resulting from current consumption and transportation methods. NASA predicted that the Earth’s climate will experience a 6-deg. C (42.8-deg. F) temperature increase in the next century. On its own, this shift is expected to result in: serious hurricanes and storms; increased flooding in areas particularly impacted by the problem; and, stronger droughts and heatwaves in hotter regions. Too, that future has already become a reality for some. While flooding due to stronger storm systems is a notable concern, a “National Geographic� staff report showed that gradual erosion of coastal regions will begin to eat away at landmasses and force the migration of certain species. In turn, it is expected to damage entire ecosystems and wipe out nearby wildlife populations. While humans may continue to be highly adaptable, other life forms will not be so lucky. Beyond the damaging effects of climate change on land and land-based creatures, carbon emissions are known to pollute both air and oceans. The National Oceanic and Atmospheric Administration found that the ocean absorbs a staggering 30 percent of airborne carbon dioxide. The result? Ocean water is then more acidic and inhospitable to those who call it home. Climate change and global warming crises affect the Earth as a whole. It will take concerted, collaborative effort to prevent further damage from taking place. All around, there have been signs of smaller efforts beginning to take root. From paper straws to recyclable grocery bags, those leading the way in the U.S.

have become increasingly aware of the impact human life is having on our planet and of the need for immediate change. Despite those efforts, it has become apparent that change needs to be implemented on a much larger scale. The biggest issue, NASA has argued, is that small changes like those mentioned already fail to significantly move the needle on carbon emissions and the irreversible damage rising CO2 levels result in. Change needs to begin with production methods and the way individuals and materials are transported. Fortunately, change is also on the rise.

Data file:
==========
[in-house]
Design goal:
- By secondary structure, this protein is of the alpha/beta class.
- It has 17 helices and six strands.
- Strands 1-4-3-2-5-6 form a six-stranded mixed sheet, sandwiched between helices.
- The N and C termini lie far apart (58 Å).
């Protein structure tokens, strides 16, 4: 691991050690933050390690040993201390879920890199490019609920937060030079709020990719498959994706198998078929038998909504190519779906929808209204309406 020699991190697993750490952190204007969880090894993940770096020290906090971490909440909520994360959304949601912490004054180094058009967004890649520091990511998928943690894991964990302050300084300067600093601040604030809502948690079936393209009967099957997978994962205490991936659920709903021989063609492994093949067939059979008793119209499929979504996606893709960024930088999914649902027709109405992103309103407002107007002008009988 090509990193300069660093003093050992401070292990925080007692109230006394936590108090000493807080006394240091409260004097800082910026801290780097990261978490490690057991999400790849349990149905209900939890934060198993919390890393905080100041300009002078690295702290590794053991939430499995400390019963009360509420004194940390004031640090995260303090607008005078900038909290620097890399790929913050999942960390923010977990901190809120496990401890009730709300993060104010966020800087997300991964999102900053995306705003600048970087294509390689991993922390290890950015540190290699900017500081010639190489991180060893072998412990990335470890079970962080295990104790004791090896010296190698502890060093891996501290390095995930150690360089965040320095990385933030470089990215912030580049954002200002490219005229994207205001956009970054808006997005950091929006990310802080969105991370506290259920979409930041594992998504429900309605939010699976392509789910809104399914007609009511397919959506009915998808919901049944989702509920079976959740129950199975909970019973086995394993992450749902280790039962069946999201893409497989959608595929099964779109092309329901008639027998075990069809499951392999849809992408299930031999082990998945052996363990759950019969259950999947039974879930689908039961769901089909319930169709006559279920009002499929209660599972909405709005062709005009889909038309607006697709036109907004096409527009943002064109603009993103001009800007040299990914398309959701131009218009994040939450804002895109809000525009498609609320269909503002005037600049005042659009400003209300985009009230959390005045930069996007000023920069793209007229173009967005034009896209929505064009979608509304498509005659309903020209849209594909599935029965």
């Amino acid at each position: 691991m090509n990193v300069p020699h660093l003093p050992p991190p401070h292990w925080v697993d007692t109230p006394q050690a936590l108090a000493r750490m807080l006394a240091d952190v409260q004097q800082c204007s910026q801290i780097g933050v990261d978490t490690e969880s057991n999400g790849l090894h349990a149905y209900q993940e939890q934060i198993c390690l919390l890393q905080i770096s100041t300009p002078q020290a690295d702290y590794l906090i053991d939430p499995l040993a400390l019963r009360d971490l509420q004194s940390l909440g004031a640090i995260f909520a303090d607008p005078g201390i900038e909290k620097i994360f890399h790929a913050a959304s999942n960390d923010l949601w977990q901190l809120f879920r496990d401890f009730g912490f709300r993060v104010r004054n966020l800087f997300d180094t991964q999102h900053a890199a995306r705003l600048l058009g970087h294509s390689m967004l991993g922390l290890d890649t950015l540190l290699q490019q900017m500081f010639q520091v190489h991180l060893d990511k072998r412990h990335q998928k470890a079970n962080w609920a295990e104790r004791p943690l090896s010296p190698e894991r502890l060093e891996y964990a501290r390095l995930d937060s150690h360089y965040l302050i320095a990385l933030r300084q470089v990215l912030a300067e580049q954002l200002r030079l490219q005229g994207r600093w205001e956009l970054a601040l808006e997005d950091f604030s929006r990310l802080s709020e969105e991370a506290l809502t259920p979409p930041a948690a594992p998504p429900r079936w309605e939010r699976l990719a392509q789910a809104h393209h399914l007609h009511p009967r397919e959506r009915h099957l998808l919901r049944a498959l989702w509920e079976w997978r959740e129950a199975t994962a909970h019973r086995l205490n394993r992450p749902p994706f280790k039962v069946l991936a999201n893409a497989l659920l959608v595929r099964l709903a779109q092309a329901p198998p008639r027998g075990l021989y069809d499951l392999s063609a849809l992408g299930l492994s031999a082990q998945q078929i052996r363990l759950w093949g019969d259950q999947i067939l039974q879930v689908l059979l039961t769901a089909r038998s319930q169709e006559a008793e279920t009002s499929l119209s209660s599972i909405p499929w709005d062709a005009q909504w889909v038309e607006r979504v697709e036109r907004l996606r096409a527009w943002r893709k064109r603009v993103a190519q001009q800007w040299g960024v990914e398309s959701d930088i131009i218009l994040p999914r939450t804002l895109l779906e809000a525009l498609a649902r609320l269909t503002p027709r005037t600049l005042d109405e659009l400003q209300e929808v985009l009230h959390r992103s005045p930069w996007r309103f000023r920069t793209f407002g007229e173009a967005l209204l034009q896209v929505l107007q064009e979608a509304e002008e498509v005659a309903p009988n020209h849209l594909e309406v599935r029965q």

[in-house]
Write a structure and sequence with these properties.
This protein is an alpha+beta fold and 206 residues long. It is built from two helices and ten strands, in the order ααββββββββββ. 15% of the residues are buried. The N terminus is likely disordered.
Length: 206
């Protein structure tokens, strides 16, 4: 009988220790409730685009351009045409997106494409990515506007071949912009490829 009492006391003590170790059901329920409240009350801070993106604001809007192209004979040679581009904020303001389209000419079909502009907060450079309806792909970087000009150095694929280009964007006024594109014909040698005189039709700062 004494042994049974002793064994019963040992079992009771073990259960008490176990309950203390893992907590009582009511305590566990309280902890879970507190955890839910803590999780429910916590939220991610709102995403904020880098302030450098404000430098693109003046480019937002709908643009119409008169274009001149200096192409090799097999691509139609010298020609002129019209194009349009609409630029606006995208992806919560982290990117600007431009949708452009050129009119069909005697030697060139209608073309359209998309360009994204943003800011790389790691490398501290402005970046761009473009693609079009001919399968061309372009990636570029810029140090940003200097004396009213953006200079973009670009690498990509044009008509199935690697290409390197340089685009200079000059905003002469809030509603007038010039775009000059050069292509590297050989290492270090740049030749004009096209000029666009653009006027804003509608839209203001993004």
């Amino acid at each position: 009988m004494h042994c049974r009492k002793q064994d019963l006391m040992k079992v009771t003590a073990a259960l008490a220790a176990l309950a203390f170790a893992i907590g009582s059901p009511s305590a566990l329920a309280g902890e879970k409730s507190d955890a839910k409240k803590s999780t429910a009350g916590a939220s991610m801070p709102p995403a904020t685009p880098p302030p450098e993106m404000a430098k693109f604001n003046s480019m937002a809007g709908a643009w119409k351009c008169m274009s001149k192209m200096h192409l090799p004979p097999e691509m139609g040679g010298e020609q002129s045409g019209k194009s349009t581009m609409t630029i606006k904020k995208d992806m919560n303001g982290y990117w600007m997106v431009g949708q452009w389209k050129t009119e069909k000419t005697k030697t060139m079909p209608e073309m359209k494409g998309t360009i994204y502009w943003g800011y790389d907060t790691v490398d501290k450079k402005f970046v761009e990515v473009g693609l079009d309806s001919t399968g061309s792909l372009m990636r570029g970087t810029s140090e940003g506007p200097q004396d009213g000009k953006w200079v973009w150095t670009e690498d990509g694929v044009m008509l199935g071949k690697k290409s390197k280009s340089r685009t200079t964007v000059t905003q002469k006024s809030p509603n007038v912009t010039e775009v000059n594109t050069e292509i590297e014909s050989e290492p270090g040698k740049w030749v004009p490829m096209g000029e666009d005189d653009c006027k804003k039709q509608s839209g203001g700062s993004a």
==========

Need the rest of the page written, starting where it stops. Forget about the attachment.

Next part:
The ocean absorbs of airborne CO2. As it does, it becomes more acidic and less hospitable to marine creatures.


Fighting carbon emissions with a new strain of electric vehicle batteries is one proposed solution; one that has managed to show promise and gain traction over the years. After analyzing EVBs, the U.S. Department of Energy stated that the lithium-ion batteries typically used to power all-electric vehicles have substantial lifespans. This has allowed those modern vehicles to keep pace with traditional automobiles and offer plenty of mileage. Most importantly, perhaps, electric vehicles have been proven to eliminate carbon emissions once they are on the road.

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For nearly years, L.A. has topped the American Lung Association’s list of smoggiest U.S. cities.


perpetuated by “AutoWeek,” “Bloomberg” and other media outlets—suggests that manufacturing is one of the least environmentally-friendly stages in the EVB life cycle. Andreas Radics at Berylls is oft quoted as suggesting that, despite the fact that an electric SUV is emission-free on the road, production of its near 550 kg (1,100 lb.) battery would emit up to 74 percent more CO2 than the production of one consumer-ready, gasoline-powered car built for efficiency in a fossil-fuel-powered factory. The raw materials used in production of lithium-ion EVBs have the potential to cause further damage if the companies extracting and/ or refining such precious metals (e.g., lithium, cobalt, nickel) use vehicles and tools powered by fossil fuels, suggested James Ellsmoor for “Forbes.” Additionally, if not properly recycled, those EVBs are then said to release harmful chemical byproducts which continue to impact the environment long after they have been disposed of. A GLOBAL GEAR SHIFT

What about the way power is delivered to electric vehicles? Mukesh Malhotra, in reporting for “Entrepreneur: India,” indicated that a number of power plants use fossil fuels to produce the electricity which is then used to recharge EVBs. As long as what drives these vehicles continues to rely on electricity generated in this manner, carbon emissions will continue to be a major problem. The impact electric vehicles have, as an otherwise sustainable option to traditionallyproduced automobiles, will be compounded. Aimed at positioning electric vehicles as a


A prime example may be the Tesla Model S, which: has been clocked at reaching speeds of 60 mph in 2.4 seconds, is said to run an estimated 373 miles on a single charge and, by way of a supercharger connection, has shown an ability to “refuel” for up to 130 additional miles of running power in roughly 15 minutes. All of this has made the Model S a seemingly competitive marketplace option compared to traditional vehicles. The biggest question regarding these new products, however, has been whether or not they are an effective and sustainable solution to the current problem. One could easily assume that electric vehicles are the immediate answer to a world plagued by carbon emissions. To a certain extent, this has been found true. However, while switching to use of electric vehicles and EVBs may eliminate carbon emissions once these products are on the road, not all are proven to be as “clean” as was once believed. When it comes to EVBs, a report originating with Munich-based automotive consultancy Berylls Strategy Advisors—subsequently